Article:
Monday, March 20, 2006

A Brief Look At Convictions

After skipping over the point in the last post, it seems a good time to take up the question: Where do convictions come from? And what does this have to do with business?

What Adults Know About Kids

When children are small, they usually learn what they think by being asked how they feel.

For example, you wouldn't ask a toddler for an opinion on what constitutes a satisfying meal. Instead, you'd ask if she likes tuna peanut butter, or something else. From what a toddler feels, then, an adult infers what she thinks -- in this case, what she thinks would make a good lunch.

Why Do Adults Forget? What Happens Next.

By the time kids get to high school, they are certainly capable of a kind of abstract reasoning that smaller children are not. However, to as large an extent, it's clear that their feelings still direct their behavior and choices.

Spoken to any adolescents lately?

However, at the same time that they are discovering their own points of view -- primarily through emotionally reacting to the world as well as their hormones--they are being asked to deny the force of their feelings in a way that no adult would ever ask a small child. However, it would be absurd to assert that emergence of abstract reasoning replaces emotional reactions. Culturally, however, we feel evidence of emotion makes decisions suspect.

Part of this dismissal is social and is caused by attitudes about both emotional outbursts and taking children's viewpoints seriously. The implications for adults can be dire after years of repressing what they feel in order to please.

And now we're back to the idea that there is one answer. In this case, we are not credible unless that one that comes directly from the intellect (as if that were possible). Bad for innovation once again.

We'll skip the details of this for now -- it's too big a project for one blog post although quite closely related to other topics from past discussions.

Smaller Issues: What Will a Toddler Find In School As She Grows?

By the time kids get to high school, the curriculum has replaced the question "how do you feel?" with "what do you think about" a event, person, or object. More often than not, personal essays are entirely abandoned in favor of an analytic style of communication. The feelings of an "I" are squeezed through what we isolate as "thoughts" from a supposedly objective third-person.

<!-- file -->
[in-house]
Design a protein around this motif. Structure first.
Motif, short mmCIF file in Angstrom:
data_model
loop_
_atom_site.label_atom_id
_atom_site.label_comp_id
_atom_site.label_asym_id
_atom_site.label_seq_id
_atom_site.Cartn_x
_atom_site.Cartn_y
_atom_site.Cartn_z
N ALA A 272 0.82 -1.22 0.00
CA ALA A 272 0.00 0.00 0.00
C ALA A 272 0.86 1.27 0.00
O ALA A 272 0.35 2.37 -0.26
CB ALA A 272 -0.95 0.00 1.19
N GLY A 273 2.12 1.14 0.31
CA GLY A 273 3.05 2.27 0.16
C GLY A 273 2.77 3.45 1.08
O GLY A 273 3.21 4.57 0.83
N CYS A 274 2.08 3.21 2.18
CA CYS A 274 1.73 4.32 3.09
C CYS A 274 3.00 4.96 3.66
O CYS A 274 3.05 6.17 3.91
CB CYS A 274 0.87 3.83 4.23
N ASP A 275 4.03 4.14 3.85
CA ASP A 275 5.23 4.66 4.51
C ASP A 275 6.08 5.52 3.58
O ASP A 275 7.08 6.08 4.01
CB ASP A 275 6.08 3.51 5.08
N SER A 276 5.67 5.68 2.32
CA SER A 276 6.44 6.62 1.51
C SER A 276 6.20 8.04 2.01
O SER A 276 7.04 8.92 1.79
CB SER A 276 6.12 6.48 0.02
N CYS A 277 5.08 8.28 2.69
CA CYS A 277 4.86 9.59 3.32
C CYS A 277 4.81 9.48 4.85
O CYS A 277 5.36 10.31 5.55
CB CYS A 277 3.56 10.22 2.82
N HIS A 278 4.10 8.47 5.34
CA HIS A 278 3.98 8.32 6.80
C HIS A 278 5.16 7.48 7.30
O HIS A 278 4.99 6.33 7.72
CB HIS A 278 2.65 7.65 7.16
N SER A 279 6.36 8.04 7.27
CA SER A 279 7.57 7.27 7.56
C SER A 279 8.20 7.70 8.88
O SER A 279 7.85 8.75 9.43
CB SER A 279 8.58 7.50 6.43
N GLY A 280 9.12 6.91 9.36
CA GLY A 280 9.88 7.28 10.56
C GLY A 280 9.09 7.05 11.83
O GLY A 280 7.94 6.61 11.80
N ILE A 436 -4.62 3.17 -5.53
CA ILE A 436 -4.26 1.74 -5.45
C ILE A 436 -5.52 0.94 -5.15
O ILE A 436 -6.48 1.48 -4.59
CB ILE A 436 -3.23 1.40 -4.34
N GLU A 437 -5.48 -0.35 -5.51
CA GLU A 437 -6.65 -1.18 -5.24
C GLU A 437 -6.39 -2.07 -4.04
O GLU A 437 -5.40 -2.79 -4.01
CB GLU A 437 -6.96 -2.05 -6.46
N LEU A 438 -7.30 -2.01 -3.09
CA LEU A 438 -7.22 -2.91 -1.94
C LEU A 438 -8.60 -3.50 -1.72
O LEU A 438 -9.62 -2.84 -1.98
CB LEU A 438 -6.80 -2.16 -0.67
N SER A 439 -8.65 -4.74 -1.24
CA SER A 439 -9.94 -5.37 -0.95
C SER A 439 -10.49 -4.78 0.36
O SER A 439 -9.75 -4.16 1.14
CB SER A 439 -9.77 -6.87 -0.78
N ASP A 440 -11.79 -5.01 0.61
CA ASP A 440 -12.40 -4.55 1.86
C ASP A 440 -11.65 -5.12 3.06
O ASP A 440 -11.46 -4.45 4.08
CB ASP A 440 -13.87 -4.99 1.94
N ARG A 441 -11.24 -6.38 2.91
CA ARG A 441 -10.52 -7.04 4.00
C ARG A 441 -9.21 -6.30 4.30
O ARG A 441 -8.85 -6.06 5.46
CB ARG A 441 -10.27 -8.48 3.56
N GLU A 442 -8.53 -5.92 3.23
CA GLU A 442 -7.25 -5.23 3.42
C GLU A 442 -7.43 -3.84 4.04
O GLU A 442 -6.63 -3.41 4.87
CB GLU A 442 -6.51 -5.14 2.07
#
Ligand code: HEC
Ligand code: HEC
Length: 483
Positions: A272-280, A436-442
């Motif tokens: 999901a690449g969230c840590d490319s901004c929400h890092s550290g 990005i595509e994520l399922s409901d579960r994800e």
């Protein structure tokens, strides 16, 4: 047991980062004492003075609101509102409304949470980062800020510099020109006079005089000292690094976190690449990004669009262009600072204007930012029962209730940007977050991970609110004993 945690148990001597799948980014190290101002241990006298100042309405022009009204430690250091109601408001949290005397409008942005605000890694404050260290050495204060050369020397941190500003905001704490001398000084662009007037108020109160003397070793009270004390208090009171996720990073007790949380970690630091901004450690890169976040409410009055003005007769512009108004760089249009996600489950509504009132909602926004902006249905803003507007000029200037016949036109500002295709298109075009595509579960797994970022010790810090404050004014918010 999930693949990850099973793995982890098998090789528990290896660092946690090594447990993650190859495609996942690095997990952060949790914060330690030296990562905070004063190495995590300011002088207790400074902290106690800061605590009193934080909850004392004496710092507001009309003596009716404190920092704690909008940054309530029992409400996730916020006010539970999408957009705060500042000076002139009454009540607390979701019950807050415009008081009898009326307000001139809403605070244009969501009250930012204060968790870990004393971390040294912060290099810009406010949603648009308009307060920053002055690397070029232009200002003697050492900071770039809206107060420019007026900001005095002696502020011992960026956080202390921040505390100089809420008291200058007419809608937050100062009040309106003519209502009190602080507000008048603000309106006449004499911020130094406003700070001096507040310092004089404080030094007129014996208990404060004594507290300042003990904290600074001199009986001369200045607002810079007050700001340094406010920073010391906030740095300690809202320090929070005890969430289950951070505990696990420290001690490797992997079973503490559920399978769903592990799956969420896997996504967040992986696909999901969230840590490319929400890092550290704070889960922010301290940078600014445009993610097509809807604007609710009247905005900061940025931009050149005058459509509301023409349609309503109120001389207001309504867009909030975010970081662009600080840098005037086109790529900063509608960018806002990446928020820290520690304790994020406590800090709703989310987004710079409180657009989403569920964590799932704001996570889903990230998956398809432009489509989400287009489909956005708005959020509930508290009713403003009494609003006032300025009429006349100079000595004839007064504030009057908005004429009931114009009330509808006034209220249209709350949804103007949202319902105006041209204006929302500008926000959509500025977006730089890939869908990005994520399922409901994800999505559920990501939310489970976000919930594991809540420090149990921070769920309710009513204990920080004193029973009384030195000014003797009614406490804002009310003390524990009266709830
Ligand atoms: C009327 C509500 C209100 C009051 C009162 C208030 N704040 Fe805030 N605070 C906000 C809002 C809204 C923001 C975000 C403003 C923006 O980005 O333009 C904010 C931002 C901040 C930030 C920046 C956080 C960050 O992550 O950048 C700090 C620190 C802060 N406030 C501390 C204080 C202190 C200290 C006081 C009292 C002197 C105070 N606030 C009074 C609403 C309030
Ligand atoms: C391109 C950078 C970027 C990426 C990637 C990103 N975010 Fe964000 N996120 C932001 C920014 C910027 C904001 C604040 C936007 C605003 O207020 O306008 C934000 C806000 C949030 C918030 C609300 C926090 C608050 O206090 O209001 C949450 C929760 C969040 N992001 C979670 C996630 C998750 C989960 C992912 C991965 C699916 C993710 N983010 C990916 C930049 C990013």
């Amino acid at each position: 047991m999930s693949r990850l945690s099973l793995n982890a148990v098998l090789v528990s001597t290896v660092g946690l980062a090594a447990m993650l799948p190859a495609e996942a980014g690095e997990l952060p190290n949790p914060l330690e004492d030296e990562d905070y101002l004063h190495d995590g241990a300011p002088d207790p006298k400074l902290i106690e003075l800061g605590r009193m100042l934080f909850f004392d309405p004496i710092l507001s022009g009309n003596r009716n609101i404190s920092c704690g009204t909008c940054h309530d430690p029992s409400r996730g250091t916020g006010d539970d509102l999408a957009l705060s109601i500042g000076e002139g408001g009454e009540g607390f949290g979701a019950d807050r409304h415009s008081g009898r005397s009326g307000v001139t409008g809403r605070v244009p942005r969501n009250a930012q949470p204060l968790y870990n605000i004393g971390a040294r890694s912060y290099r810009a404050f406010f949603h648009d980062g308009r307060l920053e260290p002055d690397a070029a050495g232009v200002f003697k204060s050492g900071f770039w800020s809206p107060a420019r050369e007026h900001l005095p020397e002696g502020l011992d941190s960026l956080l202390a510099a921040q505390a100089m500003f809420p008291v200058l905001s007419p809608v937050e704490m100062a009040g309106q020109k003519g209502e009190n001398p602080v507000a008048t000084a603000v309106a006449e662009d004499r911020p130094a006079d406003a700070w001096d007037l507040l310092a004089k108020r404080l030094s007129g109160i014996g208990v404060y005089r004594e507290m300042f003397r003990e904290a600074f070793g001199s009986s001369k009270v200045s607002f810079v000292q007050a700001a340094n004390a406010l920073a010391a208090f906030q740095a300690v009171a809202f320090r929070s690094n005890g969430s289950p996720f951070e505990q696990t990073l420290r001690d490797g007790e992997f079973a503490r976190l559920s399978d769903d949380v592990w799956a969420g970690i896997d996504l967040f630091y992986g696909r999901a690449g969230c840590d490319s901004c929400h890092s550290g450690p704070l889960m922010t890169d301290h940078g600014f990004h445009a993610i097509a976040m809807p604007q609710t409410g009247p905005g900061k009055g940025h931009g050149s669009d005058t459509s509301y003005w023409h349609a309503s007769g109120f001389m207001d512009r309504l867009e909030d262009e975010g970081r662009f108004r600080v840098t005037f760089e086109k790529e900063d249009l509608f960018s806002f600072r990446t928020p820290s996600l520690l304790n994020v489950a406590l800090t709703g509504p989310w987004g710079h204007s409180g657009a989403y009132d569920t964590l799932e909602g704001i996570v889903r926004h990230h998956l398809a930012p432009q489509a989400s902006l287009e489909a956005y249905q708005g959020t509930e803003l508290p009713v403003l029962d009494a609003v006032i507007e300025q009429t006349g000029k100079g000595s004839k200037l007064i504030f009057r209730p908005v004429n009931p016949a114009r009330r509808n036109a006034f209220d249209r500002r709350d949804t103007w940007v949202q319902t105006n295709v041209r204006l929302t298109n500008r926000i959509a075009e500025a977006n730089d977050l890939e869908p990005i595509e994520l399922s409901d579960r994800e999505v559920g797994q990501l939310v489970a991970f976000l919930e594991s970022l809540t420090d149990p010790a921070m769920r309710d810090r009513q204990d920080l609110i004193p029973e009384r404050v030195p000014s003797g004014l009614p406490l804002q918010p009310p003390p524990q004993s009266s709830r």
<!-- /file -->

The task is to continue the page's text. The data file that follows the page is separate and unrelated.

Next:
Why Does This Happen?

In our academic (and business) culture, third-person narrative is thought to be more sophisticated, more credible and therefore truer than speaking from a feeling state. The assumption here is that the most valuable cognition is entirely devoid of emotional impulse.

Some Historical Background

It's important to remember that emotional detachment for effective thinking is merely a trend and has not always been required for understanding and articulating truth.

In fact, if you go back to the nineteenth-century romantics (results of the preceeding sentimentalism), what it means to know is a concept that's been under discussion for more than a century. In fact, the fact that 21st Century-people come down on the side of reason does not necessarily constitute progress. It's an argument that goes back in Western culture at least as far as Plato and Aristotle. So it's worth considering alternative ways of finding the best way forward.

What This Might Mean About Us

There is a sense in our culture -- certainly in business -- that control is what we're aiming for. We value most what we measure, and we calculate in rather unimaginative ways. Of course, this goes against probably the core of good business -- risk is necessary for reward.

Our brains tell us one thing, and our emotional reactions send us running too often in the other direction.

More on what this has to do with business in the next post.

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